Licha and Neal have this down to a science. If we are going too slow, they whistle and we know to go more forward. After almost every jump, Licha yells turn, because we probably aren’t turning tight enough even if we think we are barrel racing – turns are hard OK? I was just getting used to the 10-meter circles in the dressage ring, and now you want me to jump a 1.10 square oxer and turn in the air to cut inside a jump to cut a few seconds going into a double? Yeah, that’s still a work in progress as well. I am very thankful for the sideline coaching and if you see someone whistling or yelling “TURN” at the next three-day event, it wasn’t me.

The first time I jumped one of Hay Fever Farm’s awesome school horses. Photo courtesy of Andrea Glazer.

Another wild thing that’s allowed during competitions in the jumper world is that you can school in the show ring before you compete. You can literally take your horse up to every single jump and let them look at all the spooky stuff, on some of the days, you’re even allowed to jump the jumps.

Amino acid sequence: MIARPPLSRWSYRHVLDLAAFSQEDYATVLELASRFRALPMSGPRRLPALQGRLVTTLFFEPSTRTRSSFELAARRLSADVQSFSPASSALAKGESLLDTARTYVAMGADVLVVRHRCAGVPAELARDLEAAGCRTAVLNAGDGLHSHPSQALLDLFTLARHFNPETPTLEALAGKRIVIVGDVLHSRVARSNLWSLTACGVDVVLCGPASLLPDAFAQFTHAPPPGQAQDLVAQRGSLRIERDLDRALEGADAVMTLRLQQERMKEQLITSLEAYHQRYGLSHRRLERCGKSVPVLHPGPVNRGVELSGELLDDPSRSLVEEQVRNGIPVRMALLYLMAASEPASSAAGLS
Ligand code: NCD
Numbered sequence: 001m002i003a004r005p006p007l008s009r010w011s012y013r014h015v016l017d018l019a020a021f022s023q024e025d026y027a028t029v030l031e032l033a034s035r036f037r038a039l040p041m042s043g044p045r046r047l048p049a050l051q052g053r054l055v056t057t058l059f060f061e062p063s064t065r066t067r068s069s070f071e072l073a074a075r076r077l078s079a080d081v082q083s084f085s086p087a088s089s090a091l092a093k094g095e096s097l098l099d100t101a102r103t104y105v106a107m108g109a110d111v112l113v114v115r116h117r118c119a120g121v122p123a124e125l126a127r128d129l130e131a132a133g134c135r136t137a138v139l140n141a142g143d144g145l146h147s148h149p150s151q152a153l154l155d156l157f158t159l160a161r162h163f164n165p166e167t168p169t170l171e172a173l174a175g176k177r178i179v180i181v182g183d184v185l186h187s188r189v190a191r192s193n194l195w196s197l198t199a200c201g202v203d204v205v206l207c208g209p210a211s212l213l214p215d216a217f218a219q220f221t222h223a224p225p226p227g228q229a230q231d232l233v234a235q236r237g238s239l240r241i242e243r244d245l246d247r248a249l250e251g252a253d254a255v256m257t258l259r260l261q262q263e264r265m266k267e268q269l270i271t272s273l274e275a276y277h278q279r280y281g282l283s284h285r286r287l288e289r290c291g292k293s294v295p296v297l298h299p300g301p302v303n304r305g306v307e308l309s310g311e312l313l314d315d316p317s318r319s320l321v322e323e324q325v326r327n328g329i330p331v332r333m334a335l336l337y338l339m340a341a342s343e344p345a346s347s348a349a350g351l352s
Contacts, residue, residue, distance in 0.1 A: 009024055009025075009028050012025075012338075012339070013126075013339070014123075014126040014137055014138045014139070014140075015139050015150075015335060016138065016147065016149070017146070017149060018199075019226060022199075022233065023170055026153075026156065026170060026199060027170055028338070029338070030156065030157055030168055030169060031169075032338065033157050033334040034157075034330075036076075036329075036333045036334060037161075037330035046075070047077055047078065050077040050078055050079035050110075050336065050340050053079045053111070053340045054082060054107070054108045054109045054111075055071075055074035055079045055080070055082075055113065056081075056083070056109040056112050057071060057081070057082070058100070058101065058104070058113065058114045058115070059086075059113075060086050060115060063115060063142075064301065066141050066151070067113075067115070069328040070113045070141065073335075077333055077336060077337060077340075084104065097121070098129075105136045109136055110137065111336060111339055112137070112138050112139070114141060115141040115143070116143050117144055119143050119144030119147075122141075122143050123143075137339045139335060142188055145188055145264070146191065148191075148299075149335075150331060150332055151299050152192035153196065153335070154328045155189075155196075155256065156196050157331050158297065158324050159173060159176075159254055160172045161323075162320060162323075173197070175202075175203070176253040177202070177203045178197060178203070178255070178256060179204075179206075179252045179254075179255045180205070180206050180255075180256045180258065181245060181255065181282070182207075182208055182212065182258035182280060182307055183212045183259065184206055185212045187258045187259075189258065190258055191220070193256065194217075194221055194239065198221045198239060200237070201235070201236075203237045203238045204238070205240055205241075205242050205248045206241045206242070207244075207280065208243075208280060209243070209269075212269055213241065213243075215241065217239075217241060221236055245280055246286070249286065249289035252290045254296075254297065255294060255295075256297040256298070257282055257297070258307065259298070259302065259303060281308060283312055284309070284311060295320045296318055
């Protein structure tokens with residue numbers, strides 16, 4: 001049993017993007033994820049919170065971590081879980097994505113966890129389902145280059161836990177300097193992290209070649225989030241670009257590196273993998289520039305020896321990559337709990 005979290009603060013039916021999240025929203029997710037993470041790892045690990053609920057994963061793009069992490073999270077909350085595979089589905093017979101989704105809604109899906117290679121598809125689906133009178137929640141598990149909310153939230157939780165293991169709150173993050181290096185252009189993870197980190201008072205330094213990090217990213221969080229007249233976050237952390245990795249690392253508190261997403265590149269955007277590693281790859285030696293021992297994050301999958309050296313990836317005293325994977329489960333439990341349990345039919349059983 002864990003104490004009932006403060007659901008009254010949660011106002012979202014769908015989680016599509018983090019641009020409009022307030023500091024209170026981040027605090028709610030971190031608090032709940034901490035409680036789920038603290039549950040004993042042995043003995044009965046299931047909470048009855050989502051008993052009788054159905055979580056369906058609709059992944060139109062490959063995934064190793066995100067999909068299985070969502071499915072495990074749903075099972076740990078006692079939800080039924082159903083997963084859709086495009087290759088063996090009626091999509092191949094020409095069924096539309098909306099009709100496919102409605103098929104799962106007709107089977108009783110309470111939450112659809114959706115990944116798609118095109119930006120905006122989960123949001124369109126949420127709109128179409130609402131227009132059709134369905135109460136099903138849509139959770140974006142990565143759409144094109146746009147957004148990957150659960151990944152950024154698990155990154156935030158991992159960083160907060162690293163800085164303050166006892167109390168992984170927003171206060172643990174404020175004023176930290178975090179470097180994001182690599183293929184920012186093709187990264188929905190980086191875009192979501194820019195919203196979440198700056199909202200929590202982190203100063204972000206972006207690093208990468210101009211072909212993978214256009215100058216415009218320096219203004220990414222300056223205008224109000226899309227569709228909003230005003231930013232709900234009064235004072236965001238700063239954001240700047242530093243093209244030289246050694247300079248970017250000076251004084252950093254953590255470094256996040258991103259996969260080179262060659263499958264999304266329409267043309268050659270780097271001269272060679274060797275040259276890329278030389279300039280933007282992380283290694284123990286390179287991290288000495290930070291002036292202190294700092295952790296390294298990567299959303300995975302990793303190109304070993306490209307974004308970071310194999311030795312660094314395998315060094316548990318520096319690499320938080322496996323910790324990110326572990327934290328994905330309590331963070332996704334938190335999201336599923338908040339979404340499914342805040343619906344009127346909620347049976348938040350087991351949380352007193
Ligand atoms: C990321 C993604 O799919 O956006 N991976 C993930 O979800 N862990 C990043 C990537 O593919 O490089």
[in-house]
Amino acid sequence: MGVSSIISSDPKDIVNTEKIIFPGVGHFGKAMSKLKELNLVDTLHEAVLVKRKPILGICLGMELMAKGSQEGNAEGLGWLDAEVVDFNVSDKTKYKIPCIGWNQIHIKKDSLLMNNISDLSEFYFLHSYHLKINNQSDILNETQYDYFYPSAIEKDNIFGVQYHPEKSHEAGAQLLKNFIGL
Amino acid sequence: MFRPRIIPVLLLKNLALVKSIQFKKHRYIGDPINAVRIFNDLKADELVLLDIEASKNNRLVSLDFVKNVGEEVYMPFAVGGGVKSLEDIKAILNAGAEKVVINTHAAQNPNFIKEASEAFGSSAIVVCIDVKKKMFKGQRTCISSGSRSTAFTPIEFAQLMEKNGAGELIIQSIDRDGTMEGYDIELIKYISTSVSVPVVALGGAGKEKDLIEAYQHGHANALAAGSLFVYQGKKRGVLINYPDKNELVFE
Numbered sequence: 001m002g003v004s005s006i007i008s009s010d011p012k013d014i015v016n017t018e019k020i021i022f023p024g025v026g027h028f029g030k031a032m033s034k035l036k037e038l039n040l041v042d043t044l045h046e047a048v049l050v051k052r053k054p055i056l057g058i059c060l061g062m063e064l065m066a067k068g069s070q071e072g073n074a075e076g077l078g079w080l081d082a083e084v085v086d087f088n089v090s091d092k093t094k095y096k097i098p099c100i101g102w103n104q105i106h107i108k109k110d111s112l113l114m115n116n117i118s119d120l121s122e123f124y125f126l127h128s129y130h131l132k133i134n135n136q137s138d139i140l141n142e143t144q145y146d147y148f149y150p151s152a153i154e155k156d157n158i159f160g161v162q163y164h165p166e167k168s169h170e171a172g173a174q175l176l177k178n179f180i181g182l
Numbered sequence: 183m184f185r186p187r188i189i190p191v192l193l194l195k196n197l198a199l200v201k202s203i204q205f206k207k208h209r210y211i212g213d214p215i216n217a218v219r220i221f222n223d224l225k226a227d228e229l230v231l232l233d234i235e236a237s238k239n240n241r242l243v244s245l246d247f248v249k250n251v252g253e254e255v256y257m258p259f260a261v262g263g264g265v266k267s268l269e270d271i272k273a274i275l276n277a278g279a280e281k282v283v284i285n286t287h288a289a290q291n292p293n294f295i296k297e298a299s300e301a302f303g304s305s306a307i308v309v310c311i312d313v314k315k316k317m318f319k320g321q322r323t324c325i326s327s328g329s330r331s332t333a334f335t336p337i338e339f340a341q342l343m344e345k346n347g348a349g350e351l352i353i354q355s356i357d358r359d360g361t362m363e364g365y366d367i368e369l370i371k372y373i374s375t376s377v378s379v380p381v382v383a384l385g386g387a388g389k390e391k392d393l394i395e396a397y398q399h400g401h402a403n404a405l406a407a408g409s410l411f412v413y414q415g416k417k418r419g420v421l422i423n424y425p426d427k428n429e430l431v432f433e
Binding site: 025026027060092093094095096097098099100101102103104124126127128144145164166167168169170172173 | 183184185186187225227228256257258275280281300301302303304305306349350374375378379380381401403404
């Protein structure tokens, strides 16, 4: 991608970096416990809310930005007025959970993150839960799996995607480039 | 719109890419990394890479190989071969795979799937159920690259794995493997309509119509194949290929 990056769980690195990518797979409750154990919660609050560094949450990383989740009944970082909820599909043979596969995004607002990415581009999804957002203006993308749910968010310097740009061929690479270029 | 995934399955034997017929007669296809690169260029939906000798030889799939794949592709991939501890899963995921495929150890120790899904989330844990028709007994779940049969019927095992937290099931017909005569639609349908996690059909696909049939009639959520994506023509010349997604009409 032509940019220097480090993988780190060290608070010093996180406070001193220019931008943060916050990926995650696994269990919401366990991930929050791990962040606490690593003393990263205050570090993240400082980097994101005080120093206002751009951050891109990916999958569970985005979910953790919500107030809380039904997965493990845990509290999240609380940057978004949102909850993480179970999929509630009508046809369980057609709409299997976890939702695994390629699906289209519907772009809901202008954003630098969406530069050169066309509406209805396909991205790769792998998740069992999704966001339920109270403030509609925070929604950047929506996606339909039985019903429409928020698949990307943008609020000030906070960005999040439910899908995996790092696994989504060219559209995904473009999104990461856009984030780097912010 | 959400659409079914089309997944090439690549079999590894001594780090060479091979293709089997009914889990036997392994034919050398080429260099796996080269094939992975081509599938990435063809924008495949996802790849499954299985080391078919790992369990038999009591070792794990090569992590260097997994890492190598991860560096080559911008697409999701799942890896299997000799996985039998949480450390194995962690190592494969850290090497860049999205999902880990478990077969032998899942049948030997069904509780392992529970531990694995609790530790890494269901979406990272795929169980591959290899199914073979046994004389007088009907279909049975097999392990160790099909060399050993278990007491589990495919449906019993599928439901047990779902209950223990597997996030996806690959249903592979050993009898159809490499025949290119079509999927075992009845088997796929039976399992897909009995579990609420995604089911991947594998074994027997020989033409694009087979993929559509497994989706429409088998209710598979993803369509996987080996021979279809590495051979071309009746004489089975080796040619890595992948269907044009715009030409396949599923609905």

HOW WILD IS THAT?

Imagine taking your horse out on cross country to school the ditch and wall just to make sure you don’t have any problems on course … so different. So crazy to me.

Accurate depiction of my face when I was told you could school the jumps before you compete. Photo courtesy of Andrea Glazer.

I could go on for hours and hours about the other little differences I’ve encountered between eventing and show jumping, but I had a show the past two days where I had to be at the barn at 5:15 a.m., and am competing everyday until I leave for Budapest – oh, don’t worry, I’m also competing the Sunday I actually leave for the Games! I’ll sleep well on the flight at least.

So there you have it. The show jumpers do some very foreign things – whether it’s the fact that they rarely use studs (because the rings are normally in sand, obviously), to every horse wearing a martingale, to not cutting their tails (my pet-peeve, but I’m learning to cope with it); I don’t think I’ll ever learn all of the different antics in this discipline. I may never completely fit that typical ‘show jumper look,’ but it’s honestly been very entertaining to try!

I am living proof that once you’re an eventer, you’re always an eventer.